Another important lesson to learnt from this is that companies should be looking to improve the transparency of their supply chains, collaborating together to make each other away of exactly all the parties involved in making a certain product. By citing Boeing’s supply chain during the launch of its Dreamliner aircraft as an example, Robert stresses that not being transparent in the supply chain could lead to delay in supply as in the case of Boeing, where production was three years late due to incredible numbers of outsourcing, and not knowing the specific details of their supplier’s suppliers and so on down the chain.
Another important point to be noted is also supply chain’s reliance on China, or in fact, its reliance on a single market is bound to increase risk one way or the other. Many companies have already carried out feasibility studies last year to move their units out of China, in light of the US-China trade war. Also, factors such as rising labor costs, increasing competition and political instability in China have already added to the uncertainty. Catalina Stefanescu-Cuntze believes a re-balancing of the manufacturing base towards a broader range of economies can certainly help to hedge by diversifying the global supply chain risk. But there are also costs associated with this strategy – China has extensive transportation and logistics systems and a vast and skilled worker base, so re-distributing production away from China may entail higher costs or lower quality, at least in the short-run.
Building supply chains resiliency with China’s vulnerability in mind
Since an epidemic like the corona-virus is not a regular occurrence and hard to counter efficiently, it is also difficult for companies to come design a model to protect itself from such instances in the future. There are epidemiological models of infectious disease spread that can provide some guidance as to possible scenarios; computational disease modelling is well-established as a field. The challenge is, however, that the uncertainty related to these predictions is such that effective contingency planning is still difficult, in practice. For such models to be a success the availability and quality of this data, especially in the early stages of the outbreak are crucial. As international organisations and national health systems increase their coordination and information sharing in response to each outbreak, and as more data sources can be incorporated into the models, the increasing quality of the available data will hopefully also lead to more useful predictions for contingency planning.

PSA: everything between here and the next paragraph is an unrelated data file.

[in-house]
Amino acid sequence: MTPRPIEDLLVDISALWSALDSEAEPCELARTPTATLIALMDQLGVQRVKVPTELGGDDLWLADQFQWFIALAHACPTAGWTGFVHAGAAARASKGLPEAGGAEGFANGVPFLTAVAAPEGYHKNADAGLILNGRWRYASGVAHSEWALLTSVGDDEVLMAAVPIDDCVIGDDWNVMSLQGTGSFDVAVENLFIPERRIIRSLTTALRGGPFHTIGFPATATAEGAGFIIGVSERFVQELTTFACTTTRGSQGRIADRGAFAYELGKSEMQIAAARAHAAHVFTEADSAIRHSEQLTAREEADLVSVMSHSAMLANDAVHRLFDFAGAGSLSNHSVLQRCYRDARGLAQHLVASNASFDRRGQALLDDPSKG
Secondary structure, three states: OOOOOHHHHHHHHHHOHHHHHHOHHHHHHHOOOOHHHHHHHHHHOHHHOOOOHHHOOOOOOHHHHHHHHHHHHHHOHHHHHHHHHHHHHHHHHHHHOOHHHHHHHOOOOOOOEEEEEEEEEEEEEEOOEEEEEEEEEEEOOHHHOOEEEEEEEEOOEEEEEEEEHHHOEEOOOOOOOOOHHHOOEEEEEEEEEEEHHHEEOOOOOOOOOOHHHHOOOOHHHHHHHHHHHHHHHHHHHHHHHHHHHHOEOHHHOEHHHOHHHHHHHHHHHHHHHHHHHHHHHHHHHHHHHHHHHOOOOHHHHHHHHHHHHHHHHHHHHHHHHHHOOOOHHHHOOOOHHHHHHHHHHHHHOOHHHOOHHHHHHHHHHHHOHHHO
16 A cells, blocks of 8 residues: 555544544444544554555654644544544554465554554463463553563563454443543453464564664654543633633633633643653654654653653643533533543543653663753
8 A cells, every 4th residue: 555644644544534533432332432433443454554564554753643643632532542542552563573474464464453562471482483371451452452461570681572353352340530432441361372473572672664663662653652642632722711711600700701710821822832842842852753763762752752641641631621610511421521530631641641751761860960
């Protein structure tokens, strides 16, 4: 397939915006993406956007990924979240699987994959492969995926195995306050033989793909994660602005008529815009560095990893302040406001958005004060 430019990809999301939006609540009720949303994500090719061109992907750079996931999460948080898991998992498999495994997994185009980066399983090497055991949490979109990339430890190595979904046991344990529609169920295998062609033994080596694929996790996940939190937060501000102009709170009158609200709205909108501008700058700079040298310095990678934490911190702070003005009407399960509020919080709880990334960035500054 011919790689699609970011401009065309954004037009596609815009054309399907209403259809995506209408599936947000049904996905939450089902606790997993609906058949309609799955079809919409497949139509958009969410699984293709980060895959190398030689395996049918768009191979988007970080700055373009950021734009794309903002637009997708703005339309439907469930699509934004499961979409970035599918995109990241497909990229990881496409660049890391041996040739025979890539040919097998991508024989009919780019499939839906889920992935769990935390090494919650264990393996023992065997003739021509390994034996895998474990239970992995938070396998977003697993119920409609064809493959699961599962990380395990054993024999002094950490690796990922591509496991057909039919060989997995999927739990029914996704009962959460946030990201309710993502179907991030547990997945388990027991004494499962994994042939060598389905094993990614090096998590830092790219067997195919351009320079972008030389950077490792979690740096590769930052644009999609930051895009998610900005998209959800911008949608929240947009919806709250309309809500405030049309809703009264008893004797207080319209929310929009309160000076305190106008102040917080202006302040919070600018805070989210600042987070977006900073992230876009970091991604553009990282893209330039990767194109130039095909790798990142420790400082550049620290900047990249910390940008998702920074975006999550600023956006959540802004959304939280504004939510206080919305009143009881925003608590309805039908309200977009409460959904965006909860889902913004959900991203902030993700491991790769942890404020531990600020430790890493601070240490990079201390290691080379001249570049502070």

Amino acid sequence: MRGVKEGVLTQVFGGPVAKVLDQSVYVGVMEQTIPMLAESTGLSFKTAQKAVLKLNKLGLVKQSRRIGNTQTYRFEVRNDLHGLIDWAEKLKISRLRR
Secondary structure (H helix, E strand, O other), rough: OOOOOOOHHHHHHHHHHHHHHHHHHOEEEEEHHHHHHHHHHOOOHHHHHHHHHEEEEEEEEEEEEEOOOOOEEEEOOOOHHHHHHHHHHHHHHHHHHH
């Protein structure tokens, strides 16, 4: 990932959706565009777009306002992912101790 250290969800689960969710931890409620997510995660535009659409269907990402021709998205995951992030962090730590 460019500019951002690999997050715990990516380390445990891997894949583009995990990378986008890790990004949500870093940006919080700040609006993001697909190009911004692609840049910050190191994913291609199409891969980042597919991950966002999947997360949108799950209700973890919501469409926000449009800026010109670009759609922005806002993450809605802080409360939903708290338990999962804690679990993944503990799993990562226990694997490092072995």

Catalina Stefanescu-Cuntze said that the focus over the last couple of decades on lean manufacturing, offshoring, and supplier consolidation had the benefit of achieving substantial efficiency gains for global companies operating in very competitive markets. However, that same focus also had the effect of significantly increasing the overall global supply chain risk, by concentrating manufacturing facilities while also reducing inventory levels that limit the reactive capacity in case of a disruption. Supply chains have become more integrated, but at the same time less flexible. Ultimately, increasing supply chain resiliency depends on individual players’ decisions on the trade-off between managing risk and lowering costs.
Many companies prefer setting up production plants in China or other Asian countries due to its pricing factor. But since such countries are prone to epidemics, it is important for companies to look at production in a long-term model financially, and look to invest more in production to protect themselves from such risks, which will only be more costly in the long-term if they do occur. Robert Boute believes companies should not consider pricing as a major factor; instead, the focus should be continuous production.